13Paul and the others left Paphos and sailed to Perga in Pamphylia. But John left them and went back to Jerusalem.14The rest of them went on from Perga to Antioch in Pisidia. Then on the Sabbath they went to the Jewish meeting place and sat down.
15After the reading of the Law and the Prophets, the leaders sent someone over to tell Paul and Barnabas, “Friends, if you have anything to say that will help the people, please say it.”
16Paul got up. He motioned with his hand and said:
People of Israel, and everyone else who worships God, listen!17The God of Israel chose our ancestors, and he let our people prosper while they were living in Egypt. Then with his mighty power he led them out,18and for about forty years he took care of them in the desert.19He destroyed seven nations in the land of Canaan and gave their land to our people.20All this happened in about 450 years.
Then God gave our people judges until the time of the prophet Samuel,21but the people demanded a king. So for forty years God gave them King Saul, the son of Kish from the tribe of Benjamin.22Later, God removed Saul and let David rule in his place. God said about him, “David the son of Jesse is the kind of person who pleases me most! He does everything I want him to do.”
23God promised that someone from David’s family would come to save the people of Israel, and that one is Jesus.24But before Jesus came, John was telling everyone in Israel to turn back to God and be baptized.25Then, when John’s work was almost done, he said, “Who do you people think I am? Do you think I am the Promised One? He will come later, and I am not good enough to untie his sandals.”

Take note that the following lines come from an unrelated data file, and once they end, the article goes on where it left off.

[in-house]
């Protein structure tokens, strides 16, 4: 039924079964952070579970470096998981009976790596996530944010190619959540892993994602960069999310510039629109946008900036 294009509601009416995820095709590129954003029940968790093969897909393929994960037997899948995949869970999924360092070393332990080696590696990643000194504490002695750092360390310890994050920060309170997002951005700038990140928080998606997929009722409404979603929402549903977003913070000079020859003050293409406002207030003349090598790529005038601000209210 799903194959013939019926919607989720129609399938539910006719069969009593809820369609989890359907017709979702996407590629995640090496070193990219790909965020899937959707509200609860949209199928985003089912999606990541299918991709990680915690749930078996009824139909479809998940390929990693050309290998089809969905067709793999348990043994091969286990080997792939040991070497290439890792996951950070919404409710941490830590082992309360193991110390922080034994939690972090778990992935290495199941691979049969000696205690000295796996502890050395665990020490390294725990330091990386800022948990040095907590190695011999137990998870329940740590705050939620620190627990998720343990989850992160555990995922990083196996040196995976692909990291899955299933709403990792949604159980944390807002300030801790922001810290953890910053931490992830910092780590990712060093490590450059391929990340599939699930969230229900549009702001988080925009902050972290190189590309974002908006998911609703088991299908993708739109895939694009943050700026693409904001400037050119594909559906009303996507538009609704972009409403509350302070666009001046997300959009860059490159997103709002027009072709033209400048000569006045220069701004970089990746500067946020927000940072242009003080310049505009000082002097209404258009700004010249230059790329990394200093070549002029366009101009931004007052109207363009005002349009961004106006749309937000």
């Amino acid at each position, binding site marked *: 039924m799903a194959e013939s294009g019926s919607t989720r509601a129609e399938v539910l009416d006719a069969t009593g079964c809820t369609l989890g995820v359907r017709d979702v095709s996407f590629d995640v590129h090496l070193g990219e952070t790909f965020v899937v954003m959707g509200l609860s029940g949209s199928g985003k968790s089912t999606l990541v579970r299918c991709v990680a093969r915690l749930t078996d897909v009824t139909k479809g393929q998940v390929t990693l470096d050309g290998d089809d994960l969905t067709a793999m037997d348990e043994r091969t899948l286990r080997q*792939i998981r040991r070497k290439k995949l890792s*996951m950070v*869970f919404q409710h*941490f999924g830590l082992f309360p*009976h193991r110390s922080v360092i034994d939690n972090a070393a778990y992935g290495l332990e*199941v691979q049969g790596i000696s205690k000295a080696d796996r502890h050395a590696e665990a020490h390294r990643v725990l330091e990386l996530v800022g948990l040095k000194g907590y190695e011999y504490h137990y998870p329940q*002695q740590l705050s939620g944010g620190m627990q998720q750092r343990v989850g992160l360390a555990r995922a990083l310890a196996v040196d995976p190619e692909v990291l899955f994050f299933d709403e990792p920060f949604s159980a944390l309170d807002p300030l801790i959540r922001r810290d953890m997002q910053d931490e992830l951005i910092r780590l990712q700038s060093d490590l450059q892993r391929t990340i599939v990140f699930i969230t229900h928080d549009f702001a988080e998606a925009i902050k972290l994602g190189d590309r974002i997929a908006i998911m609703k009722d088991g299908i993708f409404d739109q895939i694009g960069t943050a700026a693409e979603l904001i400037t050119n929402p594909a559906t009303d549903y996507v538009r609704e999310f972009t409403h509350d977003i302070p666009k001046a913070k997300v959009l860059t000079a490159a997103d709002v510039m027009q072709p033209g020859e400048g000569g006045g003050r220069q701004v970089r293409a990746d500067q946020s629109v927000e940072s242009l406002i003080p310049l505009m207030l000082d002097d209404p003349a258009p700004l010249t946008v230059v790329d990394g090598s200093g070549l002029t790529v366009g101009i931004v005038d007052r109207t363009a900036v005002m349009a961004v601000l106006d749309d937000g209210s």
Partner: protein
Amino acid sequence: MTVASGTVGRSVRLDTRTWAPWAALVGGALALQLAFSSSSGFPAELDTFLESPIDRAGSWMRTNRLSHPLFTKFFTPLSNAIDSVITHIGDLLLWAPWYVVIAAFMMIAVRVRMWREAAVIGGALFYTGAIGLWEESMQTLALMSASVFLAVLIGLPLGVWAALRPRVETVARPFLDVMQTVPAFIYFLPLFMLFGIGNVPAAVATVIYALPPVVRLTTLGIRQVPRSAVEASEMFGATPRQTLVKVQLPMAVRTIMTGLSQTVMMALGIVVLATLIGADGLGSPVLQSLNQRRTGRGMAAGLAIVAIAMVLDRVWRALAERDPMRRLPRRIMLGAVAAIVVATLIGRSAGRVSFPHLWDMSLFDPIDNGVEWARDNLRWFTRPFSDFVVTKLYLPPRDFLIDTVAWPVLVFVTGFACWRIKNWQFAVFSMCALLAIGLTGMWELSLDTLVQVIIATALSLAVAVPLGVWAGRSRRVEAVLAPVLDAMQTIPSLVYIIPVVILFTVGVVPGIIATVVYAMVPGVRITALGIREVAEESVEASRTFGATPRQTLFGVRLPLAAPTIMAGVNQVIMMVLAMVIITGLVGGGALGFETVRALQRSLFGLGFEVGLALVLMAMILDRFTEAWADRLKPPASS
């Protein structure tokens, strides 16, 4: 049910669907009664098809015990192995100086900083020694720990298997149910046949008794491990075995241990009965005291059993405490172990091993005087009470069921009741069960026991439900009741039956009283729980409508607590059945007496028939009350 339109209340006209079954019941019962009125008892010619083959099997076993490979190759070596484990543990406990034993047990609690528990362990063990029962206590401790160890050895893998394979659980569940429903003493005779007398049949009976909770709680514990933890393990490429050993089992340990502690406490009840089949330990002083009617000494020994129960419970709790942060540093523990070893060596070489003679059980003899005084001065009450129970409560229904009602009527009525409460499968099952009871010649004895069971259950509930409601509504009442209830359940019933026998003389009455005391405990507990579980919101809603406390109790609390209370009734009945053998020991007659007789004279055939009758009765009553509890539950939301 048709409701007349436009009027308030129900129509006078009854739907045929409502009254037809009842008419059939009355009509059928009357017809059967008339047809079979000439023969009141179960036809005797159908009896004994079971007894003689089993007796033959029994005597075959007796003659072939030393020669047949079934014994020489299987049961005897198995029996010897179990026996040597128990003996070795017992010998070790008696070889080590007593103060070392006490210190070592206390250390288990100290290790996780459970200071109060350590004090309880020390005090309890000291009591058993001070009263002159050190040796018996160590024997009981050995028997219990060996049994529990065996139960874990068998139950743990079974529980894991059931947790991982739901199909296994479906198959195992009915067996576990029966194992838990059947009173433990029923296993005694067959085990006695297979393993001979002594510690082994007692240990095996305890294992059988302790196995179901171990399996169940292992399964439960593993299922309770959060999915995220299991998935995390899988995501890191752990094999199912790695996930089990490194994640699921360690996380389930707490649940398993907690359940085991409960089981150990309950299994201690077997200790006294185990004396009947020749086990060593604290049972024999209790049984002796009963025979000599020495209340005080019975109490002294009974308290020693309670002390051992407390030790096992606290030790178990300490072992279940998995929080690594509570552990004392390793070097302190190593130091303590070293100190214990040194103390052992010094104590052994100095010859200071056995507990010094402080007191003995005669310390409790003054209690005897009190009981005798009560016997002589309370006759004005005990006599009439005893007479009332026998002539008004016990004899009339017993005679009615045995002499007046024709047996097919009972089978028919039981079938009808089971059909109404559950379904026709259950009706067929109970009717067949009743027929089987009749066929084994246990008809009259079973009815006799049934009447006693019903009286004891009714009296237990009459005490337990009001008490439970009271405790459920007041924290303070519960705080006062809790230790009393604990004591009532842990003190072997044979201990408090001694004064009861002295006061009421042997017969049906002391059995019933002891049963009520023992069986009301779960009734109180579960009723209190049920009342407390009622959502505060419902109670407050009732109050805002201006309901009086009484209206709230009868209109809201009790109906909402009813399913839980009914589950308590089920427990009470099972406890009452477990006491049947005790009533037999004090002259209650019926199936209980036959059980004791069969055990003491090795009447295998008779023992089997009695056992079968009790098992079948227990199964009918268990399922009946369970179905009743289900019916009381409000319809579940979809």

At Perga their travel companion and helper, John Mark, left them for reasons unexplained. We know that Paul was hurt by his desertion, because later on he and Barnabas had a sharp disagreement about taking John Mark with them on their second missionary journey (Acts 15:37-39). Nevertheless, they continued to press on to Pisidian Antioch, where they once again shared “a message of encouragement for the people” (v 15 NIV). With the departure of John Mark, Paul had been caused to experience personally and afresh the suffering and the sufficiency of Christ. Sometimes our most effective ministry takes place during seasons of brokenness and vulnerability. God uses the tenderness of those moments to breathe authenticity and urgency into our spiritual journey with him and to validate, with enriched texture, our hope in him.
Paul was ready to preach out of his vulnerability, not in spite of it. The citizens of Antioch gladly heard what he had to say. This is the first full sermon from Paul that we have recorded, and in it are themes that remain important to him the rest of his life. He assures his hearers that anything that has been done by God to make us right with him is all by grace. He assures them too that God has worked throughout the history of Israel to bring salvation to the world, culminating in the coming of Jesus Christ.
God will use our brokenness to bless others if we will let him. We all need the example of people who are willing to share the message of Christ’s hope in seasons of noticeable personal vulnerability. Let God bring blessing from your brokenness.
God, who sees us and cares, You transform weakness to power, disappointment to hope, vulnerability to strength, and hurt to healing. Breathe authenticity and urgency into our spiritual journey in the midst of our most difficult life circumstances. We need you to bring blessing out of our brokenness. Through Jesus who is our glory and the reason for our message, Amen.